SOHO switch recommendations



  • Good afternoon, after many years of lurking I finally joined the site. Due to a power outage last week my 10+ year old Dell gigE switch finally bit the dust. Even though it's on a UPS that I manually powered off during the outage, it still decided that enough is enough. It was a basic web managed unit that allowed me to have some simple VLANs and setup a couple LACP groups. The timing is fairly amusing as in a couple weeks I'm going to be running CAT 6A through the house and moving everything from my home office out to a small rack in the garage. Being more a DBA by trade, network switches just aren't on my mind that often. It's also a topic that doesn't seem posted much about on here or the other technical sites in my list of favorites. At the office we use HP ProCurves, which are nice but admittedly overkill for my situation.

    So, do you guys have any current favorites? My needs haven't really changed much, just a 1U 24 port gigE unit with some VLAN and LACP capabilities. CLIs aren't really necessary and I don't have any 10GbE equipment to hang off it, either, although the house is being wired for it just in case. There's only one POE device in the house and it has a separate injector, so there's no compelling reason for that feature, either. Low power operation is a bonus, and the wife would definitely like a quiet unit even if it is in the garage. As mentioned, HP seems like overkill, and some professional experiences with Cisco have soured me on them. I did notice that Ubiquiti seems to be a strong up and comer, and while one of their APs will be going in next month I've never dealt with anything other than their wireless equipment. If anything is unclear let me know; thanks.



  • Something around a Netgear GS716T or GS724T provides a surprising level of functionality for the price, in a pretty low power fanless package. My inclination would be to go that route, and wait a little while longer for a 10gbe upgrade.



  • I was about to mention HP switches like an 1810G-24 but they aren't available anymore.
    Since HP.com doesn't even list switches I wonder if they want to sell them at all…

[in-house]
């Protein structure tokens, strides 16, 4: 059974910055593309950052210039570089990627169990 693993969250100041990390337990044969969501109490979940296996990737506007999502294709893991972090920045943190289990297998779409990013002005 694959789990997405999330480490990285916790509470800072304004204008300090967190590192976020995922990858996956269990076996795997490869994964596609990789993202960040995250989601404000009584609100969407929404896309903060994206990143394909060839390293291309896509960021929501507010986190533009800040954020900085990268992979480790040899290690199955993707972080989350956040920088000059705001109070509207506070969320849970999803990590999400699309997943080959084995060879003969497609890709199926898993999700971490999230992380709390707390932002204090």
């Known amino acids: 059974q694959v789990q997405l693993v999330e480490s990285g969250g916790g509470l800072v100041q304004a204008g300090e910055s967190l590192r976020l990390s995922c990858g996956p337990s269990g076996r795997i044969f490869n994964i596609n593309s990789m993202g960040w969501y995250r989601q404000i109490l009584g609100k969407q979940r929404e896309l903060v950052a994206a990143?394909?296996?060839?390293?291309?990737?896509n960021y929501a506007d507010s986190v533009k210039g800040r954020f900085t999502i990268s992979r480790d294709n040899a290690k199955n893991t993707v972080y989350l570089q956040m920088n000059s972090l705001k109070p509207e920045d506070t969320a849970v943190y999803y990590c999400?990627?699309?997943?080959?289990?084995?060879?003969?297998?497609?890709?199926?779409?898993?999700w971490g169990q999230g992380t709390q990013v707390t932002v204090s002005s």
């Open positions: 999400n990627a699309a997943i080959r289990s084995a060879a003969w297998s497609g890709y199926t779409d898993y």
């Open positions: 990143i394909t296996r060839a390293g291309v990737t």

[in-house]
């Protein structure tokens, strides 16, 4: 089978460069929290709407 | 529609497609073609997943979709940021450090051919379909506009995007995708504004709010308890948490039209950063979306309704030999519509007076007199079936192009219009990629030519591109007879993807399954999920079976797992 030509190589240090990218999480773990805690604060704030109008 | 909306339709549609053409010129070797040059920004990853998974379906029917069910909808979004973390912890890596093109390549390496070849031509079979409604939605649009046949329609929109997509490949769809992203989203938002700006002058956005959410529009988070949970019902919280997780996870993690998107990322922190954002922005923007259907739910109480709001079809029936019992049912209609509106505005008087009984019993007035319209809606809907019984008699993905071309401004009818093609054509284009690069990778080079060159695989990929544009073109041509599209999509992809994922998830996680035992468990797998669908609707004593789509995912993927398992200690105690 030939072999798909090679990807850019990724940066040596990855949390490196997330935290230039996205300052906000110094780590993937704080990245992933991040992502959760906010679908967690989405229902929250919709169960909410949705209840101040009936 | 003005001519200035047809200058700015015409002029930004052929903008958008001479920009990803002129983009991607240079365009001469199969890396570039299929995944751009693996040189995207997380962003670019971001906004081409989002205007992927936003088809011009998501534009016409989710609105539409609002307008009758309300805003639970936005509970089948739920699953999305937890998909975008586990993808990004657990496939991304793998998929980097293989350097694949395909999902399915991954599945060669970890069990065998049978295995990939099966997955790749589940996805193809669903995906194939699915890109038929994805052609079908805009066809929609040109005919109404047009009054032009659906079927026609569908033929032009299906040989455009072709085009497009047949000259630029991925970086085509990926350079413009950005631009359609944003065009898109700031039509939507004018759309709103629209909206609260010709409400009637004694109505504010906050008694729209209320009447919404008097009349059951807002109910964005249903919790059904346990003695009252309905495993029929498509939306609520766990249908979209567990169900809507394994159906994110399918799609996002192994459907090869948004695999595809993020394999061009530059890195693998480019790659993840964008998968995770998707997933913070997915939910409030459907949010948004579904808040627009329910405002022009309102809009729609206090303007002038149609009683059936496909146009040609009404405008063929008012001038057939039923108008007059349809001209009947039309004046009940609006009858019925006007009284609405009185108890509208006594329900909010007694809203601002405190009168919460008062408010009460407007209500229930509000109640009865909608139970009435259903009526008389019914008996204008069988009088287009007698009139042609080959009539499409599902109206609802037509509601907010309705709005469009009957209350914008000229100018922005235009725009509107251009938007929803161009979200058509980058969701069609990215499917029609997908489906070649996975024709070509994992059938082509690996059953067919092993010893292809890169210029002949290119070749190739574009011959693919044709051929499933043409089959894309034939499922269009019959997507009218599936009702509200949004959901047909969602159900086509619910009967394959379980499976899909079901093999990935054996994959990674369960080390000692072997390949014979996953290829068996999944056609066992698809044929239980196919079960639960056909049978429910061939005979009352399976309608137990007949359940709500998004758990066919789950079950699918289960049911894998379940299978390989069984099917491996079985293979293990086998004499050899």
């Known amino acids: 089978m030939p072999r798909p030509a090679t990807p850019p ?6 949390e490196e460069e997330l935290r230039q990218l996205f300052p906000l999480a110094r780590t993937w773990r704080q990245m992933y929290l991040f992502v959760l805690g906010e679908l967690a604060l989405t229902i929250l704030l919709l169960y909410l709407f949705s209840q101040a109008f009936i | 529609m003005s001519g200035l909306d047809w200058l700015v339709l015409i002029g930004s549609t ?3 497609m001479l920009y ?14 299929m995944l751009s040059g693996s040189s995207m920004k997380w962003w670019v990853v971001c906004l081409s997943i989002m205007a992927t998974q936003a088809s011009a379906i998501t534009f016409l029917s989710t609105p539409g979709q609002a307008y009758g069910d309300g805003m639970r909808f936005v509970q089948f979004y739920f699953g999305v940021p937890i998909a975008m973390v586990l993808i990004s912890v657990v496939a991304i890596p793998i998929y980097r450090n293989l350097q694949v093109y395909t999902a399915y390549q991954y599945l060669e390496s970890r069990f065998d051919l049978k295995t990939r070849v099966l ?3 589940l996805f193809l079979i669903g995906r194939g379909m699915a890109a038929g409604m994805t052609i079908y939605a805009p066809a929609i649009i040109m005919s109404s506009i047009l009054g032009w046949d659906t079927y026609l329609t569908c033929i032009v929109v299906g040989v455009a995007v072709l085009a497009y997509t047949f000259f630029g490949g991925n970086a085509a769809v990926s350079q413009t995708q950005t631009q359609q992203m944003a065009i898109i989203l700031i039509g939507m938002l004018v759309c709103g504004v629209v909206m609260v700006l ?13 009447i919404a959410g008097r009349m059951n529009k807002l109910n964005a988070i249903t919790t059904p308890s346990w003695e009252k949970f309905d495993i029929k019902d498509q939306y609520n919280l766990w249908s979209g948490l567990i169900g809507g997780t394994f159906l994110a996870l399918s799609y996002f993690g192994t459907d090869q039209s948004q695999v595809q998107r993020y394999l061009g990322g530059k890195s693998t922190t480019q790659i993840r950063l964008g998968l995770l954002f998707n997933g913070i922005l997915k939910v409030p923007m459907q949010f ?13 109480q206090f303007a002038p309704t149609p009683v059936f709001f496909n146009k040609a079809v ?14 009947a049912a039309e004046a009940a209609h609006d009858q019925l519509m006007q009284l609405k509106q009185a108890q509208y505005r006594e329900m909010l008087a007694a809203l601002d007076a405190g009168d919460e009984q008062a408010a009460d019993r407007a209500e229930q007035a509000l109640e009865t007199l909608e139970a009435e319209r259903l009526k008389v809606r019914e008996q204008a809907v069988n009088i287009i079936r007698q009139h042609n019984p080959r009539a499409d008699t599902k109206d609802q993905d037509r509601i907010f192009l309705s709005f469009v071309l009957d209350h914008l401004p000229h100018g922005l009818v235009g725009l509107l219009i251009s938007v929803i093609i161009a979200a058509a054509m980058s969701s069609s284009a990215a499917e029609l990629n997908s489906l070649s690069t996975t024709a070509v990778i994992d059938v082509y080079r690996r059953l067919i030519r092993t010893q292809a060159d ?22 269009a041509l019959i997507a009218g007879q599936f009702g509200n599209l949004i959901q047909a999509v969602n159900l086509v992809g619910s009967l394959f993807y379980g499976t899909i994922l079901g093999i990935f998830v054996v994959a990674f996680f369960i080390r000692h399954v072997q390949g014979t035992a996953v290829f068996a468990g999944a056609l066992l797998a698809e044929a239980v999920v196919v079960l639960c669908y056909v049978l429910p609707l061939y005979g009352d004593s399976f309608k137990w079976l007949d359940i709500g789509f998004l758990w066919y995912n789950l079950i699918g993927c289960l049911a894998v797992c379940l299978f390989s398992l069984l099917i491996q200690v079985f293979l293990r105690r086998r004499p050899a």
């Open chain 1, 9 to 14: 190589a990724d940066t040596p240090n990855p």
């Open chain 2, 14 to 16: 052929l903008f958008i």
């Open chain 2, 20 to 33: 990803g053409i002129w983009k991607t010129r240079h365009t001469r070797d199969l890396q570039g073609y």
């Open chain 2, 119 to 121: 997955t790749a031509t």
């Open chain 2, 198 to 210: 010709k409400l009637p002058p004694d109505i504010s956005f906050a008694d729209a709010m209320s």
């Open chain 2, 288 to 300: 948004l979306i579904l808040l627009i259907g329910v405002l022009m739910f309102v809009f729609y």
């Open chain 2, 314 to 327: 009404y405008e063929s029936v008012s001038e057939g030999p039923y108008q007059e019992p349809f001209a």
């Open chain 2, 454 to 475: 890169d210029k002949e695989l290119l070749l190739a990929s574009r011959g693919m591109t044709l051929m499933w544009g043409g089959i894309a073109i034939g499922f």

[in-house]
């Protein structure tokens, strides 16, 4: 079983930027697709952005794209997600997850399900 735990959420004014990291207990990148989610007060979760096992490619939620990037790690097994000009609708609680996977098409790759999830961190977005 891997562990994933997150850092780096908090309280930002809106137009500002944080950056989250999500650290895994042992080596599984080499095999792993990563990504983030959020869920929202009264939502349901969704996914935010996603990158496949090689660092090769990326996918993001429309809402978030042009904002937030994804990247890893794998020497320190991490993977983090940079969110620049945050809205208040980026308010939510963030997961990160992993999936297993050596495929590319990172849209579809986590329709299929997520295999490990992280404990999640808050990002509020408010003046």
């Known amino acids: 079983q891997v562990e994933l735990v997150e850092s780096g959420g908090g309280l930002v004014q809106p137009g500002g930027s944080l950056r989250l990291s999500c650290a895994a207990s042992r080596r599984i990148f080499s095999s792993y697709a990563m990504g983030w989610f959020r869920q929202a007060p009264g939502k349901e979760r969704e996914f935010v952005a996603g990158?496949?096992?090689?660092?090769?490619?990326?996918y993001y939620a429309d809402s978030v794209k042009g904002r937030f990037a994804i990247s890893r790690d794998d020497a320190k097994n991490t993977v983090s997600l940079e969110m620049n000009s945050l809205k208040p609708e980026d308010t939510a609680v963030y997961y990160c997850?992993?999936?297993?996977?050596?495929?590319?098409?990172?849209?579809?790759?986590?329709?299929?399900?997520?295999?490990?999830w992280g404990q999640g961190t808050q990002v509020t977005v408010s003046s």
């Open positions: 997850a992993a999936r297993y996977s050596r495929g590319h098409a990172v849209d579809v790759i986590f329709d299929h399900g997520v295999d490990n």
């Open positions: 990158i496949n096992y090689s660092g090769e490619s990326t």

If you don't like Cisco for whatever reason (SG300-20 / SG300-28 seem to be popular in this forum, me included) go for D-Link DGS series or some TP-Link. Personally I'd stay away from Netgear.

    If you just want to bridge your entire network into one broadcast domain then pretty much every unmanaged switch will do.



  • Cisco SG-350, just my 2 cents



  • On the Cisco SG-350 L2 IPv4/IPv6 will work like any smart/managed switch. If the OP is looking to move to a L3 network with IPv6 routing later, the SG-500 will have the functionality to do IPv6 routing. SG-350 has capabilities for L3 IPv4 only. At least this is what I have uncovered  through online Cisco forums and may change later with a firmware update.

    https://supportforums.cisco.com/discussion/11528671/sg300-ipv6-limitations

    Sooner or later everything will move to IPv6.

    L3 routing is what I have started recommending to anyone who is looking to upgrade their network. pfSense is a routing and defense system. It shouldn't be tasked to carry the extra load of managing your internal network. Unless there are a few 10 to 15 network devices, L2 is fine. But for 20+ devices with heavy LAN traffic (nas, backups, HD videos, etc,) L3 is the way to go.



  • The Cisco SG-3XX are nice.  You can pick up HP 1800/1810-24's on Ebay pretty inexpensively and if your needs are basic they are rock solid.  I have a few of these and one 1800-24 that has been chugging along for more then 6 years with not a single issue.  I also like the Dell gear and if you need L3 I have some 6224 and I really like them.  Again not the newest but you can pick them up inexpensively and they are rock solid.



  • Guys,
    do you actually read and understand the starting post of this thread?

    @Snugglebear:

    …experiences with Cisco have soured me on them...

    It's probably not worthwhile spending three replys mostly on Cisco SG switches.  :o  ::)
    All he asks for is one flat bridge. Glad that someone mentioned IPv6 L3 routing in this context.  ;)



  • Yes, the basic premise is that the switch is mainly a flat bridge. Most of the network complexity is on the wireless side, which is why I'm moving over to a Ubiquiti AP. In my house there are only a handful of wired clients - my desktop, occasionally my corporate laptop when docked, a FreeNAS box with a couple VMs, printer, UPS, 4G femtocell, and that's it. Everything else, from the wife's laptop to our tablets, phones, raspberry pis, Chromecasts, Fire sticks, and smart TVs, are all wireless. Over time there will be more network drops in remote locations, in turn moving some wireless clients to wired (e.g. PlayStation, wired connection to an Ethernet capable smart TV). Peak traffic is from my desktop to the FreeNAS box or its VMs, and the rest is streaming from the internet over to a TV or TV-connected device, including 4k content.

    My plan over the next few months is to get the new AP setup and then split the wireless clients off from the wired network, forcing that traffic through the firewall. Then also put the 4G femtocell on its own VLAN. In both cases this can be wired as separate physical connections to the firewall instead of traversing the switch. Aside from some local streaming from the FreeNAS box to wireless clients, the amount of traffic that will be traversing the firewall isn't high. This is one reason I'm not sold on a L3 switch. If the extra load on the firewall between the wired LAN and wireless LAN requires an upgrade there, that's fine with me.